23 October 2014

Sweet & Sour Chicken

This tasty recipe is failsafe (low 'food chemical') and gluten-free. I hope you enjoy it!

Serves 4

  • 450g chicken breast fillet, sliced thinly
  • 2 Tbspns cornflour*
  • canola oil for frying
  • 1 choko, peeled and thinly sliced
  • 3 spring onions, sliced
  • 100g sliced bamboo shoots (tinned)
  • 1 cup red cabbage, shredded
  • 1 clove garlic, minced or crushed
  • 1 cup tinned pears, diced (reserve syrup from the tin)

  • ½ cup pear syrup (from tinned pears)
  • ½ cup water
  • 2 Tbspns brown sugar
  • 1 Tbspn gin
  • 2 tspns cornflour
  • 1 ½ tspns citric acid
  • 1 ¼ tspns salt


1. Mix the sliced chicken with the cornflour. Heat a tablespoon or two of canola oil in a large frypan or wok. Fry half the chicken, until golden brown. Remove from pan, and set aside. Fry the second batch of chicken in the same way, adding a little extra oil if necessary, and set aside.

2. Mix the sauce ingredients together in a small bowl or measuring jug. Put the cornflour into the jug first, and just add a little water, whisking constantly. When this paste is smooth, add the remaining water, whisk, and then add the other ingredients.

3. Heat a little canola oil in the pan. Stir-fry the choko, spring onions, bamboo shoots and cabbage for a few minutes. Add the garlic, and fry for another 10-20 seconds. Return the chicken to the pan, stir well.

4. Add the sauce, and diced pears to the pan. Stir well, until sauce has boiled and thickened.

5. Serve with rice or rice noodles.

*cornflour = white cornstarch, not cornmeal or polenta

04 October 2014

New Garage Doom

Oh god, it's the garage AGAIN ... as usually happens when we move house, a bunch of stuff just gets dumped in the garage by everyone who's helping us move, and ourselves, as the move gets into the awful ending hours. And there it sits. And sits. And SITS. The question "Where is the ...." invariably gets answered with those dread words "In a box in the garage somewhere".

When we moved in March, we only unpacked the things we really wanted out, which means a fair few boxes are still unpacked. Upstairs is glorious — minimalist, sunny, uncluttered, and a delight to live in, I gotta say. Easy to keep clean, cos it's not full of stuff.

But. The minimalist in me is desperate to clear out the garage too. And we need to. House inspection coming up, and I'm just generally sick of the mess. So it's back to hours of cleaning, tidying, sorting, and culling. And to Freecycle, and Salvos, and recycling.

Some progress has been made —

The before photo is on top, and the 'after some hours of work' photo is underneath. No, I wasn't sure, either.

A major challenge, as ever, is that a lot of this isn't mine — it's my son's glassmaking gear as he's not allowed to use the wonderful tiled workshop area in the garage for his glasswork because the owners are annoyingly paranoid and ignored our reasons why it was safe  refused permission.

So that's all a mess, and unused (he is setting up a studio in an old caravan thingy out the front, but it's taking a while). And a lot of it is son's and dotter's shtuff. Endless shtuff. Or hubby's shtuff. 

Getting there  s l o w l y. And who knows, maybe one day we can actually *gasp* park the car in the garage.

24 September 2014

Alabama Chanin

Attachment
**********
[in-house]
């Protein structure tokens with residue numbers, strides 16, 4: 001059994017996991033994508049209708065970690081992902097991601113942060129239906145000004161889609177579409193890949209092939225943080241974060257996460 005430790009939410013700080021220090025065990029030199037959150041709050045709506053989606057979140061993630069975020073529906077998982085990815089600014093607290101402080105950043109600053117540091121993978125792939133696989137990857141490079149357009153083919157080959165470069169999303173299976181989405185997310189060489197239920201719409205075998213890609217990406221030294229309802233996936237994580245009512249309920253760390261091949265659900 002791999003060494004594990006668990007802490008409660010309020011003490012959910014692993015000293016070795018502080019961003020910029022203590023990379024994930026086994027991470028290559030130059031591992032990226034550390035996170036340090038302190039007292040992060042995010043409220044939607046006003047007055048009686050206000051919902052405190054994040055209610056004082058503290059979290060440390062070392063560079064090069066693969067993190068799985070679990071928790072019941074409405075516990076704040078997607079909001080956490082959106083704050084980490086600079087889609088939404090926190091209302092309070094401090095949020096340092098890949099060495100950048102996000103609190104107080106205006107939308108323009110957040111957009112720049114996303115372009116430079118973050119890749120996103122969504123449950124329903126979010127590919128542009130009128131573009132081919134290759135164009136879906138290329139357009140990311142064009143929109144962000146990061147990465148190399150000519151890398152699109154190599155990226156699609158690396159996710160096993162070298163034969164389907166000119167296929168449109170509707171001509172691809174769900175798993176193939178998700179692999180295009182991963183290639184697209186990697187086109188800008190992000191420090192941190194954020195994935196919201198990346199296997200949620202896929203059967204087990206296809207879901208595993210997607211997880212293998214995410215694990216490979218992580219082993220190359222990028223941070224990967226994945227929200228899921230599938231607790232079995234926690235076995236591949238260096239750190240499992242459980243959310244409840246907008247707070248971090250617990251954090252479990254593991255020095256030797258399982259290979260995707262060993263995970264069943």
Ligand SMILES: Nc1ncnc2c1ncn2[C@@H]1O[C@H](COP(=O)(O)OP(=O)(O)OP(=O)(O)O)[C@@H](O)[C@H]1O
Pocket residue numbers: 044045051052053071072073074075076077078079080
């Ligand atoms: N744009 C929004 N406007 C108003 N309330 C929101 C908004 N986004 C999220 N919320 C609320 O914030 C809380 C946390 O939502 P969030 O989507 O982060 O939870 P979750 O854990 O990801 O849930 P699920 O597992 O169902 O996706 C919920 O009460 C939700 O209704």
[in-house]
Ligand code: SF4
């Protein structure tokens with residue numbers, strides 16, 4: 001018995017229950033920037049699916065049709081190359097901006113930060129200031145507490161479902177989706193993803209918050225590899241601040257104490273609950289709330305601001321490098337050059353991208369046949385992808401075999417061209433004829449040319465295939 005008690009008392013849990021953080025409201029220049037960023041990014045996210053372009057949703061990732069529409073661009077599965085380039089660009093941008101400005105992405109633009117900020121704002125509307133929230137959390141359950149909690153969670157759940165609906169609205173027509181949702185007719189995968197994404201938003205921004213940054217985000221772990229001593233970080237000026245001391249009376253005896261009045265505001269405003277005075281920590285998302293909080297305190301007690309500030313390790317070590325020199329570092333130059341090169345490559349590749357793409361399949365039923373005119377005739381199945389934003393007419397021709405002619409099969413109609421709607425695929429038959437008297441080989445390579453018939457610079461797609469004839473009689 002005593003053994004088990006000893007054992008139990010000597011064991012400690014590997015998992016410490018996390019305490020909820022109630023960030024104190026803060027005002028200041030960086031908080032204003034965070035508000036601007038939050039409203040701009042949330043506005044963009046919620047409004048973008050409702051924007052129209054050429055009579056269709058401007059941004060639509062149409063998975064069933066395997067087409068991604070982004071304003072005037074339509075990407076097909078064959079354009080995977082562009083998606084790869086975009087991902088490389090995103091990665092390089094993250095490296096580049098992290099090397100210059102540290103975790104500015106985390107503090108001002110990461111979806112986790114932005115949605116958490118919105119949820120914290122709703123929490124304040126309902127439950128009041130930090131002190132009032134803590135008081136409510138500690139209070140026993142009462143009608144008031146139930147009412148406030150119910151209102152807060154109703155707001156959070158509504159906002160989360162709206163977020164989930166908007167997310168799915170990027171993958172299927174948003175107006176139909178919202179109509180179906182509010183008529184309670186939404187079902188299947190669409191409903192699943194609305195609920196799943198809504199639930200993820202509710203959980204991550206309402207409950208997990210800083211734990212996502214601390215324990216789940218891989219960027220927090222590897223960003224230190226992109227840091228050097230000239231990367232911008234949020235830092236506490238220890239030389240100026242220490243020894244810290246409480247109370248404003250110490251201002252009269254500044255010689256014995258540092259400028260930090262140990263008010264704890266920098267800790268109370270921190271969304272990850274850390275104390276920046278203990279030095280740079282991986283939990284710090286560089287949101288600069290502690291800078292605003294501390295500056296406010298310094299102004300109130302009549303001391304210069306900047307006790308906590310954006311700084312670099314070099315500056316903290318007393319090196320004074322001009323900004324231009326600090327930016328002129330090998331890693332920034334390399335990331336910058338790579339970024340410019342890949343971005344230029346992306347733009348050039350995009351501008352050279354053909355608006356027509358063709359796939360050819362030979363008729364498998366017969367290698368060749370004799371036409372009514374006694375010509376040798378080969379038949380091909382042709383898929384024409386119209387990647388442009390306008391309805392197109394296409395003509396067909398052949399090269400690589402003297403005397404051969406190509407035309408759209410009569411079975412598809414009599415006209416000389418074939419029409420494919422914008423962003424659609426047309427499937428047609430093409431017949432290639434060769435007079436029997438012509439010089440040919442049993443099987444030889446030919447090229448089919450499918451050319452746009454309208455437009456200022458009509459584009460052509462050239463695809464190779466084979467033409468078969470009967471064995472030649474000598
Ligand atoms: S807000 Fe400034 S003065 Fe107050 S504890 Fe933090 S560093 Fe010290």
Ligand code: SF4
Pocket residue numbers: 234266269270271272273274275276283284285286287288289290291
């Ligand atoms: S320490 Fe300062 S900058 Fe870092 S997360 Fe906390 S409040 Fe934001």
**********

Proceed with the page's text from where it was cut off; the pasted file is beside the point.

A few months ago I stumbled fortuitously across Alabama Chanin — an American couture house that not only hand sews all its garments for sale, and pays its sewers a living wage, but also makes all its patterns, stencils and techniques open source. Swoon.

I haven't been this excited and inspired by hand crafts for a long time. I love their philosophy, and their designs.

I bought their third book, Alabama Studio Sewing + Design, and practically hyperventilated when it arrived.

This is the 'baby doll tunic' that I made, using the patterns from this book. I started sewing on 22 July, and finished the garment on 14 August, so it only took about three weeks. I did made some adjustments to the fit after this, but that was the work of an hour, at most.

Something about sewing this entirely by hand appeals to me so much. It's portable. It's simple. It's careful, slow work, akin to knitting. You can do it on the train, or while watching TV — no need to be plugged in to a sewing machine to work. You don't get things caught up or stitched wrongly, because you're making one stitch at a time, and you can see both sides of the work easily, not like with machine sewing.

I love my slightly erratic stitches, the look of them, the fact that they're not perfect. The seams that show on the outside. I love learning hand stitches and techniques that have been used through the ages, like stretch stitches, and how to do a flat felled seam.

So yeah. Totally. In. Love. Little bit obsessed.

The decoration on the bodice is reverse appliqué — the black top layer is cut away, after the stitching is done, to reveal the grey lower layer. I used the Alabama Chanin stencil designs as a starting point, and just drew the design on in chalk, as I went.

 The inside of the bodice piece. I used upholstery thread, waxed, for all my sewing on this garment — strongest thread I could find.

Both the bodice pieces done. Each piece is so small and portable — a bodice half, plus thread, needle, scissors, and beeswax (great for handsewing thread) — into a smaller bag than a knitting project.

Starting on construction — doing the shoulder seams here.

The outside of the shoulder seams.

 Binding for the armhole and neck, with a great stretch stitch.

Changed to black edging for the front of the bodice.

Sewing the gathered skirt on took a loooong time. This vertical stitch is a stretch stitch.

After I was finished, I decided to cut some out of the lower back, and stitched a dart in there, and I needed to shorten the straps too. Very happy with the result!